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Polar Bears International (PBI) is a nonprofit organization dedicated to the worldwide conservation of polar bears and their habitat through research and education. PBI provide scientific resources and information on polar bears and their habitat to all interested parties. The organization works with the world's leading polar bear scientists on research projects that benefit the world's polar bears.
PBI has assembled a team to develop contingency plans to assist wildlife management authorities. Scenarios include rescuing orphaned cubs, reducing human-bear conflicts as the bears are driven ashore, and helping malnourished bears through supplemental feeding protocols.
Part of PBI's strategy for helping polar bears is to inform and inspire leaders who will carry the conservation message to a wider audience. The Seneca Park Zoo has partnered with PBI in this effort through Zoo Keeper Kara Masaschi, who is one of PBI's In-Field Ambassadors, Bart Roselli, Director of Education and Interpretation and local teen Rachel Zoyhofski who won the opportunity through a Zoo contest to attend PBI's Arctic Ambassador Camp. Your Zoo's American Association of Zoo Keepers Chapter also supports PBI through financial donations every year.
In 2005, PBI started its In-Field Ambassadors Program, comprised of eight women from six different zoos across the United States. Seneca Park Zoo Keeper Kara Masaschi is one of these women. Team members spend time in Churchill during the fall polar bear migration season. During this time they give presentations on Frontiers North Adventures Tundra Buggie Tours.
Kara has been to Churchill to participate in this program four times. Her days are spent talking informally with guests on the Tundra Buggy Tours, describing the bear behavior they are viewing, talking about the ecosystem, answering questions and discussing her job with polar bears here at Seneca Park Zoo. Kara also gives formal 20 to 30 minute presentations each day about PBI, polar bear conservation and research with the aid of biofacts such as a polar bear skull/claw/fur and a radio collar.
Back at home, Kara and all In-Field Ambassadors continue the work by giving media interviews about polar bears, presentations to rotary clubs, associations and schools from preschool to collage age students. Between them, these eight women have educated more than 10 million people. In 2008, Kara was honored as a "Voice of Experience" by the Women's Foundation of Genesee Valley, one of five women chosen as a positive role model for young women.
Every fall, top students from around the world gather on the tundra near Churchill, Manitoba, to attend PBI's Leadership Camp, which is designed to help educate the teens about polar bears and the issues they face and to inspire them to return to their communities to make a difference. In Churchill, students observed polar bears in their natural habitat and learned about threats to their survival. Through interactions with field scientists and community members, students learned how individuals could make a difference. At the end of the experience, each student created a forward action plan to help educate their peers and to spread the word about how each of us can help save the polar bear's habitat.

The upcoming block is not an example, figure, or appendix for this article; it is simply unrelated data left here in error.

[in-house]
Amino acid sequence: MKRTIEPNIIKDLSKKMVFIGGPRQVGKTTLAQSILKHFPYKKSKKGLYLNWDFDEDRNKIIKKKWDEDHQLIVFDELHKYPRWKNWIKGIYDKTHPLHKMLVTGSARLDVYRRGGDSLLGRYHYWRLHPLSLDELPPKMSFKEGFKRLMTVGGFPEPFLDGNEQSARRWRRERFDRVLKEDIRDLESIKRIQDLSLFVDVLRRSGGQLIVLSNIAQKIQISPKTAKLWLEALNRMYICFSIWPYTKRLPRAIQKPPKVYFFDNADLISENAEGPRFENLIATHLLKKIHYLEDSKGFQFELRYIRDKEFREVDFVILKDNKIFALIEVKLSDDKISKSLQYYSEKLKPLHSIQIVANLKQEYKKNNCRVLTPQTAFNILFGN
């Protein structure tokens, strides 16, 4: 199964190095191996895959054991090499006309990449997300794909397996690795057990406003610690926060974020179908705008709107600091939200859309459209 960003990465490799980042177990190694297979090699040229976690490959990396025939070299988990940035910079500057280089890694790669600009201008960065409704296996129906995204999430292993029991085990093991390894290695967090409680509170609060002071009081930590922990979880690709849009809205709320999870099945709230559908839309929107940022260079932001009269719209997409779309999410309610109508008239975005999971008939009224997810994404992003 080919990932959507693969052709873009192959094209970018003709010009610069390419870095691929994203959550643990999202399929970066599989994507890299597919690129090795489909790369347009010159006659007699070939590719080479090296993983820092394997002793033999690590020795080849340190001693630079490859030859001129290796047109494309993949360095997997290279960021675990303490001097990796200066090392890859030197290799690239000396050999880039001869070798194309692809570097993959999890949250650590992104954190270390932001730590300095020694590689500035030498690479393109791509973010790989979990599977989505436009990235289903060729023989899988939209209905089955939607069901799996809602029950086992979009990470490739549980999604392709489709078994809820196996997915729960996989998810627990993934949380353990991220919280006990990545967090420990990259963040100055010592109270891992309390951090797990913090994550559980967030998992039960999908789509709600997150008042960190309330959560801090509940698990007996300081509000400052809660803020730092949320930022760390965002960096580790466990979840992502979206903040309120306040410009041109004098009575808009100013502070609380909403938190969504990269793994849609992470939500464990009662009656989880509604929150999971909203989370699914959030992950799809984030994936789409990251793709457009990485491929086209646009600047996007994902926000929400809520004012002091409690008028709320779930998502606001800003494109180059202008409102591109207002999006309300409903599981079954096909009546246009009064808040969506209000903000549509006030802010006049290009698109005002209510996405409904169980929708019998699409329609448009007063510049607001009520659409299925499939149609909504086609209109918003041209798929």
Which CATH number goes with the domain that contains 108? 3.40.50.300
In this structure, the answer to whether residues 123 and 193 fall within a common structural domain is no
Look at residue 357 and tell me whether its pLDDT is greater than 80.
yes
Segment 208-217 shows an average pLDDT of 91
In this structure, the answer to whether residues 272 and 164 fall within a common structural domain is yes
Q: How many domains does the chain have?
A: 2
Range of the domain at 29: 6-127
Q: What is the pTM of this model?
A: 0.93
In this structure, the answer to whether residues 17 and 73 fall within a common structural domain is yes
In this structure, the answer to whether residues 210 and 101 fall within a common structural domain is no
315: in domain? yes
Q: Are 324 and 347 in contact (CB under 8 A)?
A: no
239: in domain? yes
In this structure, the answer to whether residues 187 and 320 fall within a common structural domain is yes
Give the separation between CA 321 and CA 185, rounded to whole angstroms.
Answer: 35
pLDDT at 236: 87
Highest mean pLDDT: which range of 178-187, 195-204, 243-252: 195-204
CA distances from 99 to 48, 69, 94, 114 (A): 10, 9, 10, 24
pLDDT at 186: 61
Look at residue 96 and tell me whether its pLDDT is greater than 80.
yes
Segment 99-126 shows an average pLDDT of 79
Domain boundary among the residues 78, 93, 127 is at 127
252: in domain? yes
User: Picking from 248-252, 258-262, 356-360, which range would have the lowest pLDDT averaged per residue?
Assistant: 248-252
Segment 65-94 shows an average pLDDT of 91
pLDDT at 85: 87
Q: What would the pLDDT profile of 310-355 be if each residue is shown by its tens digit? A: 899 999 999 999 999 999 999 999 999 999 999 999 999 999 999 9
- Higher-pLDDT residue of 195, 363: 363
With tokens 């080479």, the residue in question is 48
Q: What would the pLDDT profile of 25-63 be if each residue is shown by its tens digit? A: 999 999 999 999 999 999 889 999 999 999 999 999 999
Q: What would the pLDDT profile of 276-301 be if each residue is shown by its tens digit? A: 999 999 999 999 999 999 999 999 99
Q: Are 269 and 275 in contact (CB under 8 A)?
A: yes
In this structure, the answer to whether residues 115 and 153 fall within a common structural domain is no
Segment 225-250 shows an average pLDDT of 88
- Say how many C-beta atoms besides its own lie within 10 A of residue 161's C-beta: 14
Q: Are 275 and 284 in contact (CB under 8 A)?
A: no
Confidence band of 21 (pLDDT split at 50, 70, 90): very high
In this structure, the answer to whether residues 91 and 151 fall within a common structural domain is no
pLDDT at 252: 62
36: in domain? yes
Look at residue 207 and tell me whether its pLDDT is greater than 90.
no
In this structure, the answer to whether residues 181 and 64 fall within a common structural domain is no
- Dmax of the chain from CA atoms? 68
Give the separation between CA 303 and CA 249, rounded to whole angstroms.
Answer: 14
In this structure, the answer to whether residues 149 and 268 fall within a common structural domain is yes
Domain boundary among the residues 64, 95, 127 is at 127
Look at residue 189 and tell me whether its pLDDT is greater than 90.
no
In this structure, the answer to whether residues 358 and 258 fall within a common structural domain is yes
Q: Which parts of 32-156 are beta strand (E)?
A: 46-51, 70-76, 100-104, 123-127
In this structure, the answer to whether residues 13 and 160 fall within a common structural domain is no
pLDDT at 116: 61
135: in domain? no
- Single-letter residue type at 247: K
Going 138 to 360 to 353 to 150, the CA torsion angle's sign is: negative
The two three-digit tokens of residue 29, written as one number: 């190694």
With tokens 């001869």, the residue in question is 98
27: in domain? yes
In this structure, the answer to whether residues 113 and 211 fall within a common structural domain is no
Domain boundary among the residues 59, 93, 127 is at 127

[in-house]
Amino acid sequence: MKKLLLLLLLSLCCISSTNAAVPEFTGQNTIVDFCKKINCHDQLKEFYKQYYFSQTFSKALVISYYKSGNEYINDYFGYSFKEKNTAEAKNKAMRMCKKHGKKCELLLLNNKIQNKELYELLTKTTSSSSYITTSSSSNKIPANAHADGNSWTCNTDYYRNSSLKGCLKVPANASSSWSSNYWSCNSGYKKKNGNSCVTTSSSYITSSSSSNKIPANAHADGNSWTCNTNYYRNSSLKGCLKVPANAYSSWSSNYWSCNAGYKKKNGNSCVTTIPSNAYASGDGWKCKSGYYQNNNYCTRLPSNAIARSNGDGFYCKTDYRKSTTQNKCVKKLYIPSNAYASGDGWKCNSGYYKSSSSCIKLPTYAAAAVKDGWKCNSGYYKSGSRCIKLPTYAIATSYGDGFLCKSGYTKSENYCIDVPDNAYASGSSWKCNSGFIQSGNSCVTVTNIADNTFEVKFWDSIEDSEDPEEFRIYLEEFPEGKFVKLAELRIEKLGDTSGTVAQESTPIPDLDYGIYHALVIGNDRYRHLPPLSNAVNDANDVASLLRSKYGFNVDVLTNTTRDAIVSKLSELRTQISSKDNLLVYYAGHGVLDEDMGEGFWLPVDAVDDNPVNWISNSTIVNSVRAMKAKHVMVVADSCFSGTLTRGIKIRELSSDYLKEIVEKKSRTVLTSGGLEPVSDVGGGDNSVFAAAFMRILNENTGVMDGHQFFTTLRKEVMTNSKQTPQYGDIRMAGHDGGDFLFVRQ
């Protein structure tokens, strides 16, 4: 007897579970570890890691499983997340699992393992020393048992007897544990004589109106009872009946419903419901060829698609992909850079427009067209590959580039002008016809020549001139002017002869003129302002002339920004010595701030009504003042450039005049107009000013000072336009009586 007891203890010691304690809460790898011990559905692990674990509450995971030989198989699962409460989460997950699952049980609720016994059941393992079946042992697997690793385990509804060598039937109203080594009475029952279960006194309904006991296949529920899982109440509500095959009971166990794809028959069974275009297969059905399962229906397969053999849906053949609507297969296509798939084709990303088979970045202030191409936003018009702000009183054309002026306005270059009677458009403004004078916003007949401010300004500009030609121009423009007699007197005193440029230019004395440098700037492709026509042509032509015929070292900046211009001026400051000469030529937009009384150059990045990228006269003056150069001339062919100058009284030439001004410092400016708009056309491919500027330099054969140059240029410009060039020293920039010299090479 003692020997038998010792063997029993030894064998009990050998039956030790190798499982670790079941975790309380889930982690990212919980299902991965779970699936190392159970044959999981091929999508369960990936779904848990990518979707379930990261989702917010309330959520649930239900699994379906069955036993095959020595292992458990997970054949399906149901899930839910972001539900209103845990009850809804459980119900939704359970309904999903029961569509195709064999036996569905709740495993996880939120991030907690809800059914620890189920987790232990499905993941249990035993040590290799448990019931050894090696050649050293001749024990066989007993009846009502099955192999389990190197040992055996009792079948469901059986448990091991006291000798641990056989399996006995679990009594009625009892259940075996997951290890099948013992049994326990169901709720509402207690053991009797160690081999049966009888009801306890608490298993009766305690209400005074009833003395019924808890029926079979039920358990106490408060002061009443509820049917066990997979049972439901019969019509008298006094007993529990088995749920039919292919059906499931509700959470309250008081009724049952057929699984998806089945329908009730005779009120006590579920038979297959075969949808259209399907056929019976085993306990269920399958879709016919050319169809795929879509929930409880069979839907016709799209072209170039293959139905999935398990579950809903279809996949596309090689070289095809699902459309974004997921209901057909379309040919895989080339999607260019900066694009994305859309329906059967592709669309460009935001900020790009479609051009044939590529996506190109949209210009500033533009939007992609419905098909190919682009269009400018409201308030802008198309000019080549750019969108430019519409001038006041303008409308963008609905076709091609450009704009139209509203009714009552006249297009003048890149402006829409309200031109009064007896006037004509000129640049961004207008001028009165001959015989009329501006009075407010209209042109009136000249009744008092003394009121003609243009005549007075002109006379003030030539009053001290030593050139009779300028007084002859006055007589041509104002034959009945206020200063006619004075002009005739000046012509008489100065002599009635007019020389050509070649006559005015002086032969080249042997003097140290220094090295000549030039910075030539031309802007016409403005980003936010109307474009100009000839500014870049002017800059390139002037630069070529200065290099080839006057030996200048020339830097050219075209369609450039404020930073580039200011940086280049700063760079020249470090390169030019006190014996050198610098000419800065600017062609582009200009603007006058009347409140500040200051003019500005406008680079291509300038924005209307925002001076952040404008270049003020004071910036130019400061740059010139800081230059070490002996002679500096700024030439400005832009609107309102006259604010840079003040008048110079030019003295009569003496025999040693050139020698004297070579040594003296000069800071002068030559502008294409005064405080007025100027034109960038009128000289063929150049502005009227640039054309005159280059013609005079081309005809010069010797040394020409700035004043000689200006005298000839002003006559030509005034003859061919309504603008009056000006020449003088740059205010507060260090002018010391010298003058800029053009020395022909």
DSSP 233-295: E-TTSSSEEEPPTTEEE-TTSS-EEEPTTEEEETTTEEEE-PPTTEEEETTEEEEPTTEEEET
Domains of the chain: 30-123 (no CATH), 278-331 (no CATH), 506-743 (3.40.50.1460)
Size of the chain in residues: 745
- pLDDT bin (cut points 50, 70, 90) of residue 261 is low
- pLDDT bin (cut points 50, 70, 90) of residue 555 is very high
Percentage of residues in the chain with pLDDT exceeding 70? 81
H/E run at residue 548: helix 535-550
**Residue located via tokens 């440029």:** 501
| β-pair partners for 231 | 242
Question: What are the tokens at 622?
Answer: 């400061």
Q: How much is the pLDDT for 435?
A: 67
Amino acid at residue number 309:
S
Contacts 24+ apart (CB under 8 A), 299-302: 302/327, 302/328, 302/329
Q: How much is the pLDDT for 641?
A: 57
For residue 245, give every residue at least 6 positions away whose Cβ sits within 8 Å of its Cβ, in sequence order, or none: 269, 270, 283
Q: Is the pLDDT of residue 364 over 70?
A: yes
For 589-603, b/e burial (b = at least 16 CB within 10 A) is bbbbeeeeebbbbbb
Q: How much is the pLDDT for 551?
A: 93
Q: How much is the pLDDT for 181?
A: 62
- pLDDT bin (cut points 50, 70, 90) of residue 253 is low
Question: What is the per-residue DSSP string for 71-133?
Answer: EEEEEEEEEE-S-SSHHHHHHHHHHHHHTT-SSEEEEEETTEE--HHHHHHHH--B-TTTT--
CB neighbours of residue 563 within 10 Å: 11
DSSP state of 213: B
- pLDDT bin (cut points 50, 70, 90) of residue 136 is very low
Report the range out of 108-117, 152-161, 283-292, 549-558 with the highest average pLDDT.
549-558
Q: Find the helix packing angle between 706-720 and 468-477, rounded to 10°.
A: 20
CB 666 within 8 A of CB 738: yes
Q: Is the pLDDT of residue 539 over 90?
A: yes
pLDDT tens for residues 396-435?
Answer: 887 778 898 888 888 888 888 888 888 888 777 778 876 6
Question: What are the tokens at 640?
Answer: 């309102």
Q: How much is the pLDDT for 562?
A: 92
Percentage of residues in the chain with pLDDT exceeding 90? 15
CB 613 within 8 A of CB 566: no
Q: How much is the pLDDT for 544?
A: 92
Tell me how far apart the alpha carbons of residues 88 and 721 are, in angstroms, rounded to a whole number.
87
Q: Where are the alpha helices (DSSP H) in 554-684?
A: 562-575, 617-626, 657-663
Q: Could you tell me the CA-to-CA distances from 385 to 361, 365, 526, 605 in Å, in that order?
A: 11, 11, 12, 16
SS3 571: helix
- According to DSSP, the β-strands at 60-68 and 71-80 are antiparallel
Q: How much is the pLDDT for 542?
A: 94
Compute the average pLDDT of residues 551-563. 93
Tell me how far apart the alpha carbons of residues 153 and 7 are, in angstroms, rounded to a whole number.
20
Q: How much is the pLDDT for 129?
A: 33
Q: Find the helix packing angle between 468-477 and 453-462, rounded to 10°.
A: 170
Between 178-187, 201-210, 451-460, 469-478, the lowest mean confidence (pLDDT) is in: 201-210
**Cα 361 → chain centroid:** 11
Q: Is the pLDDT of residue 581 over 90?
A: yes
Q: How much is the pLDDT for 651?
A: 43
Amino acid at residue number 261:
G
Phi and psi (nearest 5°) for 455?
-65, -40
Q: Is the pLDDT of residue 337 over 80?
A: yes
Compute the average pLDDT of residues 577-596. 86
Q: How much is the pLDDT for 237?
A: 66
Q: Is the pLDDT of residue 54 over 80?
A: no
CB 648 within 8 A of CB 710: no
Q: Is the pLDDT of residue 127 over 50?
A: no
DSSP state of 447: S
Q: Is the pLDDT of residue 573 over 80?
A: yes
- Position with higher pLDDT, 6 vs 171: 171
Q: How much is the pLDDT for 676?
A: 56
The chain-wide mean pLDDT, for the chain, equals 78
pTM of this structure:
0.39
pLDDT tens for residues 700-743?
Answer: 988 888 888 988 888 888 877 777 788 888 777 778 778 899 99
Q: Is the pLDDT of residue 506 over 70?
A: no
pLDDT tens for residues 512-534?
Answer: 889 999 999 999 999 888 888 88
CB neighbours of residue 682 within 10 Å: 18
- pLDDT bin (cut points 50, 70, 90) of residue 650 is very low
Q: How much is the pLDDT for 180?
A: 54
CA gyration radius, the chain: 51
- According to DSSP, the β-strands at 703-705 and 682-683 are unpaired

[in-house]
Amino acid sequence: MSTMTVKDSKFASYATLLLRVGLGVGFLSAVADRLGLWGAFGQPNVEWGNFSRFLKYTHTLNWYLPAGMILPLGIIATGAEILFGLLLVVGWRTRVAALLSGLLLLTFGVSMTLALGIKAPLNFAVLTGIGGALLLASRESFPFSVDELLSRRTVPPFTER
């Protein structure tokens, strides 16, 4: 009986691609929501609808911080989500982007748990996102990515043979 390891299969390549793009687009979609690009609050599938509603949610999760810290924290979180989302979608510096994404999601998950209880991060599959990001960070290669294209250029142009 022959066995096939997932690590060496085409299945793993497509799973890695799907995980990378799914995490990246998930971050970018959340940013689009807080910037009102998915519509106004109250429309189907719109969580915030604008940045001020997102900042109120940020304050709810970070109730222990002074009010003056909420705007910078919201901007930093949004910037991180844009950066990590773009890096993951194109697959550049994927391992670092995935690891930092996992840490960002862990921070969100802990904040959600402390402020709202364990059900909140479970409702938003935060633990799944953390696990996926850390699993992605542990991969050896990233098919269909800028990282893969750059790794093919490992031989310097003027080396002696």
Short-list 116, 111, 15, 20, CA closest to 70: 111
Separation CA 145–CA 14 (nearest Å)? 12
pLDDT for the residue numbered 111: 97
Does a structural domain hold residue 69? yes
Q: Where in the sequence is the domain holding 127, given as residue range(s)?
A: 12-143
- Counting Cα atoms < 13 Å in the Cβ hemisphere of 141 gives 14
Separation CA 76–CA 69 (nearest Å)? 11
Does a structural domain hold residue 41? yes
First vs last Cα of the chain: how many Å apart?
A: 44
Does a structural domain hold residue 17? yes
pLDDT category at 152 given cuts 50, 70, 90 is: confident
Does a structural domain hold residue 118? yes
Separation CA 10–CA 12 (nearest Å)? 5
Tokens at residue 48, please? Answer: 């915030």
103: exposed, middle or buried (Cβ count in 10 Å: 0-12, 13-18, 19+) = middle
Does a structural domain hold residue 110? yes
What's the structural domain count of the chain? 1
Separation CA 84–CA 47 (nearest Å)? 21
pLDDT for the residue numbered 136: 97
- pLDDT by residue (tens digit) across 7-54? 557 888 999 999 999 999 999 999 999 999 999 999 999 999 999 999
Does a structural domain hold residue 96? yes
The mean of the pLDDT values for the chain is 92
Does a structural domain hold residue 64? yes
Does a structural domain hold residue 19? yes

Graduates of the program have launched carbon-reducing efforts, recycling programs and awareness campaigns in their home communities. Once returning to Rochester, Rachel became Seneca Park Zoo's spokesperson in spreading the message about polar bear conservation. She has spoken to more than 2,000 students from school districts around Western New York from West Seneca to Spencerport and many districts in Monroe County. She has also spoken at many community events, libraries and community centers. Her main message is how one person can make a difference in the world.
This week-long camp brings together leaders in informal education. They return to their communities informed, inspired and equipped to mentor a stewardship ethic. The camp is open to educators and communication specialists affiliated with PBI Arctic Ambassador centers and PBI's partners. In 2011, participants will have a unique opportunity to join with campers in Teen Leadership Camp.
Campers observe polar bears in their natural setting and experience the tundra, learn how climate change affects polar bears and their sea-ice habitat, establish and fortify relationships with field scientists, colleagues and Churchill residents as well as share ways to inspire people to action - from individuals to entire communities. Communicators report on their experience in their group blogs. Before leaving, each participant will develop a goal-and-action plan for a community-based polar bear conservation project or a project that supports AZA's Climate Initiative.
In 2010, the Seneca Park Zoo sent Bart Roselli, Director of Education and Interpretation, to join with 25 of his colleagues from zoos and aquariums throughout North America in observing polar bears in their natural range. While there, Roselli and his campmates participated in learning opportunities through distance learning hookup with scientists in Japan, Canada and Alaska. He communicated with two classes of school children in Texas and North Carolina, explaining directly from the field what the polar bear habitat in Hudson Bay was like and how the polar bear's existence is threatened by green house gas emissions. Roselli has given lectures and illustrated talks to community groups throughout the region since his return.